|I'll never be Lady Gaga.|
Not that I've ever been brilliant at it. My soft little half-trained voice and quiet guitar and not-very-showy personality are rather more suited to the corner of a coffee shop than center stage. But I know the stage, and I have the awkward love-and-fear relationship with it that anyone might. Anyone, at least, who has artistic impulses and the tendency to succumb to violent tremors when nervous.
Stage fright is such a primal thing. I can't reason it away any more than in my outdoorsy days I could convince myself, harnessed and anchored, to leap off a platform forty feet in the air. There's not much risk to swinging by doubled-up ropes from aircraft-carrier cable bolted into trees. My mind knew that; my body believed otherwise. When it comes to the performing arts, my body consistently rebels against my mind's calming words.
But the stage isn't entirely a world of horrors. If it was, I'd not have returned to it, either by seeking it or having it asked of me.
As a writer, whether of song or prose, creation is usually complete only in sharing of the finished work. Hard as it has always been to pull out the guitar and tell my family "I wrote a new song" (even when I know they'd appreciate it), I've done it. My fingers always shake on the strings. But the performance—that act of sharing what has been written—is always an important ritual. It's an acknowledgment that what I've created does not belong to me alone. That it must be given.
It has always been the hardest gift for me to give.
Much as we may dream of fame and fortune, few humans take comfort in platforms that raise us over the heads of others, that put bright lights on us and ask us to pour out what our hearts hold. We novelists may think we're exempt from that necessity—I sometimes catch myself cheerfully picturing a hidden, literary life—but with authors reputedly having to do more and more of their own marketing, I doubt most of us can get away with the reclusive ideal.
Not that I'm worrying about book tours and the like, not yet. I've got to sell the novel first, and should such things happen, at least the performance aspect won't be a new experience. The stage meets me in other ways, though—less immediate, less oh-heavens-maybe-I-should-start-taking-beta-blockers panic-inducing, but nonetheless real and challenging.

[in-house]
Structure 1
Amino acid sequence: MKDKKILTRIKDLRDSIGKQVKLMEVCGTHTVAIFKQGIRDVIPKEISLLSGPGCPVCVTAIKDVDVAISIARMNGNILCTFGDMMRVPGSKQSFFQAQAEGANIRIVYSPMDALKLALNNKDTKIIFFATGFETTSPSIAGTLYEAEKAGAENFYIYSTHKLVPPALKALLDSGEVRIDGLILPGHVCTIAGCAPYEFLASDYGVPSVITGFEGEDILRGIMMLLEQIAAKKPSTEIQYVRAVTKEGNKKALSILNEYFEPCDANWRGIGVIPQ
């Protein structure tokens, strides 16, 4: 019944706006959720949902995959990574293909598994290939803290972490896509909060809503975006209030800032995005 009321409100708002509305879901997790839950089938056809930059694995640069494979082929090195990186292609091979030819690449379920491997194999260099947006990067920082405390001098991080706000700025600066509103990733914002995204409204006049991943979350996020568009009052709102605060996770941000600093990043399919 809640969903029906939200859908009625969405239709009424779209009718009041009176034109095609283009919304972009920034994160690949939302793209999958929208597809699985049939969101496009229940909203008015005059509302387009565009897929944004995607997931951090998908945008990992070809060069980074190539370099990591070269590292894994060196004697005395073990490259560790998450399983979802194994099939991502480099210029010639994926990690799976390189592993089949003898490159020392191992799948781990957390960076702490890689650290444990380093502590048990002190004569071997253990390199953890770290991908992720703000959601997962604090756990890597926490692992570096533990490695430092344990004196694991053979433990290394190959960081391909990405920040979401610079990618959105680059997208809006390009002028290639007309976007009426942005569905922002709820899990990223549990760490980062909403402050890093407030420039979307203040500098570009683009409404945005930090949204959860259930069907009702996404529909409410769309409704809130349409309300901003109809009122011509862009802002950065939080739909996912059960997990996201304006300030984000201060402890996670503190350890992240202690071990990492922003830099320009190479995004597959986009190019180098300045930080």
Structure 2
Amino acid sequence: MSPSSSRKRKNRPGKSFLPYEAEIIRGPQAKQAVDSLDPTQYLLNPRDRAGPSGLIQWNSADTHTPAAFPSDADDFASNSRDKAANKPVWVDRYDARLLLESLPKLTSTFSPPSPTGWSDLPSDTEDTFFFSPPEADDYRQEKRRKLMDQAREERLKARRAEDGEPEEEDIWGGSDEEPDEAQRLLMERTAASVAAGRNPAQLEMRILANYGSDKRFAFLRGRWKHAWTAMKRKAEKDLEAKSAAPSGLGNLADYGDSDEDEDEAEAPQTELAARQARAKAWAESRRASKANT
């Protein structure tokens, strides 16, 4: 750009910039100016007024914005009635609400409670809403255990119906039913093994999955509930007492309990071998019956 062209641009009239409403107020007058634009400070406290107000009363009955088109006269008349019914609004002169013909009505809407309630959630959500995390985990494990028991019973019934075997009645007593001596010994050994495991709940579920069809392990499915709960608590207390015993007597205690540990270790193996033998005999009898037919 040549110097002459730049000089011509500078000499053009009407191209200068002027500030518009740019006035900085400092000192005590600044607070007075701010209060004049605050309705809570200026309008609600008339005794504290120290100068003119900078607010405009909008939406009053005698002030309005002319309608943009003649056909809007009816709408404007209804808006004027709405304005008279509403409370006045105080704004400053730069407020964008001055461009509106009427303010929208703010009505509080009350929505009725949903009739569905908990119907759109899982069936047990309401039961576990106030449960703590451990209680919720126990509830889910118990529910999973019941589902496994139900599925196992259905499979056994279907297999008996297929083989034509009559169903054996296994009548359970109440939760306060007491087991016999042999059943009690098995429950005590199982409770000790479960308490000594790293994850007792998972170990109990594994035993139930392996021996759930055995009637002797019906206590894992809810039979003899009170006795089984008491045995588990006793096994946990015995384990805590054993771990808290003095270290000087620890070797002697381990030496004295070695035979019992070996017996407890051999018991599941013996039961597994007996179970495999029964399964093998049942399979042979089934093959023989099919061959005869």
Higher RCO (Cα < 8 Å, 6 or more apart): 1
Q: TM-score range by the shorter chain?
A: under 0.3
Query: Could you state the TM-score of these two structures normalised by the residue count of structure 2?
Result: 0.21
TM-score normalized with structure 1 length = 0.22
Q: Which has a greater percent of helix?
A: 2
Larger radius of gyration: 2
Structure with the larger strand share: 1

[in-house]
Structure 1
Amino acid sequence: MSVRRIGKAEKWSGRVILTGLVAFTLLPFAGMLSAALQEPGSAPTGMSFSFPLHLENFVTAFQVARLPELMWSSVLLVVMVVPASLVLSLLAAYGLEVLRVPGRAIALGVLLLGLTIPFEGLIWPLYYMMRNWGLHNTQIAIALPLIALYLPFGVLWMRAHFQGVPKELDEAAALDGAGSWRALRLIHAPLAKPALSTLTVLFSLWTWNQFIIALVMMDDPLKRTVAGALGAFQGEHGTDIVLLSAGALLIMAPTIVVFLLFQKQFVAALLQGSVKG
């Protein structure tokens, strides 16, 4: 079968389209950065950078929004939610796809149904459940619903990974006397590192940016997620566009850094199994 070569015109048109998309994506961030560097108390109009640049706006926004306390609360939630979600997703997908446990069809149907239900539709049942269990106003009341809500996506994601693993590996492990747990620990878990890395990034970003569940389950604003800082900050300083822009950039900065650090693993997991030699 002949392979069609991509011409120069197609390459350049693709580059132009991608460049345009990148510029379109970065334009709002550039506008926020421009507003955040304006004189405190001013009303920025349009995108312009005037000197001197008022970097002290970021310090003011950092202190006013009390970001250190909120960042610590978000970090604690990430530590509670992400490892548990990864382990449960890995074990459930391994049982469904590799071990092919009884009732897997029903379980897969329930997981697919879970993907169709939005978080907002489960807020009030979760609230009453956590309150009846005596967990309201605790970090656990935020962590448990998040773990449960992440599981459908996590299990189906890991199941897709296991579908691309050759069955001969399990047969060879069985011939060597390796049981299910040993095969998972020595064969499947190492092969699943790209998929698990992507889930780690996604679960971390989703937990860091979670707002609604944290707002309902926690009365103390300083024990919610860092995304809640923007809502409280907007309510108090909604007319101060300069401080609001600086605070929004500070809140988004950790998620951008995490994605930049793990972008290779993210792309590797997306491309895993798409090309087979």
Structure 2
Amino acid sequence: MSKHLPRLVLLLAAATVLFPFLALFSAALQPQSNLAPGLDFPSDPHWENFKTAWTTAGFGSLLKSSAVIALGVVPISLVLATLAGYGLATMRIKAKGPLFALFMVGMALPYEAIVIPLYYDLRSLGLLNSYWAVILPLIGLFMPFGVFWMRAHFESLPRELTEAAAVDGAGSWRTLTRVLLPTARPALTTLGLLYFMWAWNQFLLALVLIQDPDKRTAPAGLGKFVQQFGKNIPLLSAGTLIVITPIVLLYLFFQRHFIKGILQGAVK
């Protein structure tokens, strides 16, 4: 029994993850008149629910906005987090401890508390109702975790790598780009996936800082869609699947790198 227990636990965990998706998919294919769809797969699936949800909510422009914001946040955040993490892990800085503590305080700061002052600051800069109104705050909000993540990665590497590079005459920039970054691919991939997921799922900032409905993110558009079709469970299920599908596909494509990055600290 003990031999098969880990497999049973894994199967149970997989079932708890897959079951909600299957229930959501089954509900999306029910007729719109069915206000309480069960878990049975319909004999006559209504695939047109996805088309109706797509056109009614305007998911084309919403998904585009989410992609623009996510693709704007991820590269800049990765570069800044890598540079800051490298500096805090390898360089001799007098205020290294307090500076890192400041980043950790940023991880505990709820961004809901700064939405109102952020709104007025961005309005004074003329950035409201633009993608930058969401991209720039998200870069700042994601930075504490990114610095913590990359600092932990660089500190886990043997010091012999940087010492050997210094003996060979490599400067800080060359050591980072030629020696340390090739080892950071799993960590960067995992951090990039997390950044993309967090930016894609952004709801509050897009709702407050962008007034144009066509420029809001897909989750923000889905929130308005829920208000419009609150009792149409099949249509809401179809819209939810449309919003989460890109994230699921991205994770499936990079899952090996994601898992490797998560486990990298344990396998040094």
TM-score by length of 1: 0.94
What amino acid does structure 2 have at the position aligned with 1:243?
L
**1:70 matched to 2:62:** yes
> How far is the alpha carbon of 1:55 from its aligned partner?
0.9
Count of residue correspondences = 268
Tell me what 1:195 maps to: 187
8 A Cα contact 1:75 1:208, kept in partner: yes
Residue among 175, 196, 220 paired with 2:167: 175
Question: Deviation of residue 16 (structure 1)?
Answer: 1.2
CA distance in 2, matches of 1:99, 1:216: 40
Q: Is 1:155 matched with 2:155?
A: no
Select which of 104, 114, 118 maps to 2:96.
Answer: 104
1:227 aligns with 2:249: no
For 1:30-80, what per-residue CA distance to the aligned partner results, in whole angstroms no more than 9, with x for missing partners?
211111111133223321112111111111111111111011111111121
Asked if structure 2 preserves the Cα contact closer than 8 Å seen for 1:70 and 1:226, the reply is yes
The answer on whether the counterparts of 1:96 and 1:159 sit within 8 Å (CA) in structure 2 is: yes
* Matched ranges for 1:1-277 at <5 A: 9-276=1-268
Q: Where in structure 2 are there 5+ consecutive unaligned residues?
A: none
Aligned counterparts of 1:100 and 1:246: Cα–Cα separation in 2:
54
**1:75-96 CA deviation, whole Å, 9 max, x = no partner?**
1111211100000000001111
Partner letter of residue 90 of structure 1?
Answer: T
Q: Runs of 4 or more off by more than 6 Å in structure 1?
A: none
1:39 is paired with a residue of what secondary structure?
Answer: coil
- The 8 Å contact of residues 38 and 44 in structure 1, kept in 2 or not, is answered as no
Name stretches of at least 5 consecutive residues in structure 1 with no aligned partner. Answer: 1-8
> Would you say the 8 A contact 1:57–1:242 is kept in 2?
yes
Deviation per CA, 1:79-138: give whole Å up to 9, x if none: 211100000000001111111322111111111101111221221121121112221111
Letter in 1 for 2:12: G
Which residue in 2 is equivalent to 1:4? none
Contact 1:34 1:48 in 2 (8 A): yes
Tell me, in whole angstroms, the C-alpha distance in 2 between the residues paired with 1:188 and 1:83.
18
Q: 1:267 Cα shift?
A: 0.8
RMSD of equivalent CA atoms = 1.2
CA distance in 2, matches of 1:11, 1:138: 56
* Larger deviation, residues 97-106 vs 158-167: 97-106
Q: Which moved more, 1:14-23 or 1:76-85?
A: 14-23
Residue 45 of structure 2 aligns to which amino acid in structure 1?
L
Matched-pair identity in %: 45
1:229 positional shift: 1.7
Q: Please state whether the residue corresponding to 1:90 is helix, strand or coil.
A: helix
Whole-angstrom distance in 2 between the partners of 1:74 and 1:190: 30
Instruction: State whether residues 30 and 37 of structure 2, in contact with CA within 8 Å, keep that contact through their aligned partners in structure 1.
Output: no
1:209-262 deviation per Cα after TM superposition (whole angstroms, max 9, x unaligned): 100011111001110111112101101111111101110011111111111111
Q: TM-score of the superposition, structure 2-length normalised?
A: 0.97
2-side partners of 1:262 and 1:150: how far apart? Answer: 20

For instance, having my story critiqued. Or trying to write a minimum of four blog-posts a week, all of which need to be well-written, reasonably interesting, and not overly likely to cause me shame. Then there are the query and submission processes, in which everyone gets rejected sometimes.
I keep thinking all of this will get easier with practice. Over the last few months, I've had numerous encounters with the stage in the form of solo vocals. I've been out of my wits every time. If anything, the stage fright has gotten worse.
Why didn't I pick life goals that could be lived out behind the scenes? Why choose the writer's world of performing and publishing, which puts me constantly at war with my own fears and pride? I'm already the nailbiting sort—why make monsters of my insecurities?
In some ways, it was never a choice. Like many writers, I don't remember a life without writing and can't imagine one. In other ways, it's a choice every time I say yes to a request for music or hit send on an email containing a manuscript. Sometimes I say yes only because I couldn't live with myself if I started saying no out of fear.
There may be better answers to these questions, but I don't know them. For now, there's only another deep breath, another step up onto the stage, and a constant prayer for the strength to sing.